Wednesday 1 June 2016

fashion diplomacy : sustainable fashion and the bondi to bali connection

A couple of weeks ago I was delighted to present on fashion and sustainability to a group of 25 Indonesian delegates hosted by QUT's School of Fashion.

The designers came to Australia for professional training in international business, specifically for the Fashion & Textiles sector. The program, #fashiondiplomacy, was made possible through The Australia Awards, a federal government initiative designed to engender meaningful connections between people and institutions across Australia and Indonesia.

The delegation was here for two weeks - split between Brisbane and Sydney - and participated in workshops, industry presentations, site-visits, market research, and the oh-so-coveted attendance at Fashion Week.

Here are some of the designers, plus fashion lecturer Carla van Lunn, at Fashion Week.
You can see some of the work of these talented designers at 

It's not just our physical proximity that makes this a valuable connection, it makes good business sense, too. As Carla van Lunn, the program's director, explained. "The two-week course aims to spearhead a 'Bondi Bali' connection as Australia and Indonesia both enjoy warm weather, plenty of coastline and creativity to tap into the global resort fashion market."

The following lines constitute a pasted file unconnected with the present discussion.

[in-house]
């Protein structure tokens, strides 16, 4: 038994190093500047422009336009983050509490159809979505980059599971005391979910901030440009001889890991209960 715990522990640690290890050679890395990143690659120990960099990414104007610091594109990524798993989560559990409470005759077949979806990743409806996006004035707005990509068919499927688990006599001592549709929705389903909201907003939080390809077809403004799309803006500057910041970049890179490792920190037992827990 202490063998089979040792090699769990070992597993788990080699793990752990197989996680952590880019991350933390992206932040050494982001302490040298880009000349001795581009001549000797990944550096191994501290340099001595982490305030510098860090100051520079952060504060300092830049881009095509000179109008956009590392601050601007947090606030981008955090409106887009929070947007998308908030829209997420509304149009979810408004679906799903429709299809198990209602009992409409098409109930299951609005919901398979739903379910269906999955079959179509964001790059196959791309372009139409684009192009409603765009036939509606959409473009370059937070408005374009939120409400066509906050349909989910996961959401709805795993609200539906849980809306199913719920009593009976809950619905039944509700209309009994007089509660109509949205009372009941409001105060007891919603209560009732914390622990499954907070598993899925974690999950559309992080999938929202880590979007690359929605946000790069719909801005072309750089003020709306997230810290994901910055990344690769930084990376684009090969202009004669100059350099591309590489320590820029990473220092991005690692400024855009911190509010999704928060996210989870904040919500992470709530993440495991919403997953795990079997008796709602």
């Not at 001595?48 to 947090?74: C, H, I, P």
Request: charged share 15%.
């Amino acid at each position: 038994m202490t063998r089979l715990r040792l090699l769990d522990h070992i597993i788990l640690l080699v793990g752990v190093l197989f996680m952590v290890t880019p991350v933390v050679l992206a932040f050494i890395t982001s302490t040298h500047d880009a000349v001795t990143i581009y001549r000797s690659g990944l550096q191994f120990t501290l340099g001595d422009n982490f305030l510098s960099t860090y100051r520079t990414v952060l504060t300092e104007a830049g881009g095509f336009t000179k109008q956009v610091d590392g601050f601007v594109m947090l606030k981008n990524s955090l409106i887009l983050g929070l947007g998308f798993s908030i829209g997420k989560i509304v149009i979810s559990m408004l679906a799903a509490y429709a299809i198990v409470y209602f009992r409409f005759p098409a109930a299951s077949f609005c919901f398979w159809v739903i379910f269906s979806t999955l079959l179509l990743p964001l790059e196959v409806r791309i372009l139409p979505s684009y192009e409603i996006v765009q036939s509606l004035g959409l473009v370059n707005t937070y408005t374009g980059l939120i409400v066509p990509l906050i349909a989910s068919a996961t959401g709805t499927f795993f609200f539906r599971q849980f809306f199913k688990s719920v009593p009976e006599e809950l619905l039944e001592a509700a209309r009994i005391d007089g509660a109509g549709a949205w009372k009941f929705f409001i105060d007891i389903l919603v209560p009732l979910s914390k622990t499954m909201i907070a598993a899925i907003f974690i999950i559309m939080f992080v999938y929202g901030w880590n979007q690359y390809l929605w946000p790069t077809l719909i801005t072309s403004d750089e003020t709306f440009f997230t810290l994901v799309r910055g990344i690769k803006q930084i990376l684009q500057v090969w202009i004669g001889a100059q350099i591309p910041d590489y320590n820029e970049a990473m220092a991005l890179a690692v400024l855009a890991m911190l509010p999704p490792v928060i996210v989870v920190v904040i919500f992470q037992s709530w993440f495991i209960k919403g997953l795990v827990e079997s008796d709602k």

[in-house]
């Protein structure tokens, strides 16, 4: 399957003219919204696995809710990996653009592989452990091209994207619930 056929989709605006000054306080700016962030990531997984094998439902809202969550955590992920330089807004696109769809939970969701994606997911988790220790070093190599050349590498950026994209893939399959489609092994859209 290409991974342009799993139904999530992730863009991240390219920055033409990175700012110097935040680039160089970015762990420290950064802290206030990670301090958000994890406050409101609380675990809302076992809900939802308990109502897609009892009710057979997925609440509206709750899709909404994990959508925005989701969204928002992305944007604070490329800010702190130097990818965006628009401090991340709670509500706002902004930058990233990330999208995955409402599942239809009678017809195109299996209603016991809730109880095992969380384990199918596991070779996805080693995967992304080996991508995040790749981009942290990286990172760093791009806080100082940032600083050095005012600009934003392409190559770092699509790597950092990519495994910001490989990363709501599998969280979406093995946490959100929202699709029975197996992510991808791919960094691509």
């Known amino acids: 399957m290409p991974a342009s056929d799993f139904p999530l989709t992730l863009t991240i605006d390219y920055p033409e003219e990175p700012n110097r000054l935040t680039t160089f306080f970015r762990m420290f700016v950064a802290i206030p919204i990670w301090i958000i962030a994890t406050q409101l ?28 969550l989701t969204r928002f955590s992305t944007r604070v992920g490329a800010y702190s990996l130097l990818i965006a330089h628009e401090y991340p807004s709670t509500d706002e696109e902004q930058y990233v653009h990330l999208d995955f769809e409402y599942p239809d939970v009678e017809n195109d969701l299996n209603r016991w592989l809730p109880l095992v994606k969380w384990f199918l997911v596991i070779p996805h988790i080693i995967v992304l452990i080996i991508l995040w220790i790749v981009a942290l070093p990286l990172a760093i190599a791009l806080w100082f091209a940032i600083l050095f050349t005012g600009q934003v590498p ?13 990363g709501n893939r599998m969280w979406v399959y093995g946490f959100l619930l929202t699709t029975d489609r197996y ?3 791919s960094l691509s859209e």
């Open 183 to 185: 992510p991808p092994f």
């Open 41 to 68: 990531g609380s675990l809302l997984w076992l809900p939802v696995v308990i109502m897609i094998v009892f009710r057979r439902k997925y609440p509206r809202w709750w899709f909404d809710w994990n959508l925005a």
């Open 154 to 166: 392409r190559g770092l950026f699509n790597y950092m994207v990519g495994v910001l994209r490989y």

In action! (For the record, I'm wearing an organic cotton dress
by #sustfash gurus Kowtow, paired with a vintage rope-belt.)

Presenting to this group was an absolute delight. Okay, it's true that I love talking about fashion and sustainability to anyone who will listen. But this group was uniquely open to learning, new to many of the concepts, and interested in learning about these issues. The looks of surprise visible on many faces suggests that many of this information was new and unexpected, and I was asked thoughtful and insightful questions about how they can start to address some of these concerns in their own labels, and some of the misconceptions about 'sustainable fashion'.

I also had the joy of presenting alongside fellow Clean Cut co-founder (and sustainable fashion designer extraordinaire) Carlie Ballard. Hearing firsthand from a designer who has gone to great lengths to create an ethical and sustainable supply chain - all the way from raw materials through to fabric weaving and garment production - would no doubt have provided the delegates with invaluable insights.

Love her top and jacket? Check out Carlie Ballard's label!

During the tea break I also had the chance to talk with some of the designers in greater detail about their work. I was reminded of the differences between developed and developing countries, and the necessary variation in business priorities and sustainability initiatives depending on the local situation. I also met a designer interested in gaining Fairtrade and/or GOTS accreditation for the cotton she grows without chemicals on her land. I suspect I learned nearly as much about Indonesian fashion and textiles as they did about sustainability that morning!

Thank you, QUT, for the opportunity to engage with this warm, generous and talented bunch of designers.


PS - if you would like me to come present on fashion and sustainability to your school, workplace, community or otherwise, drop me a line!

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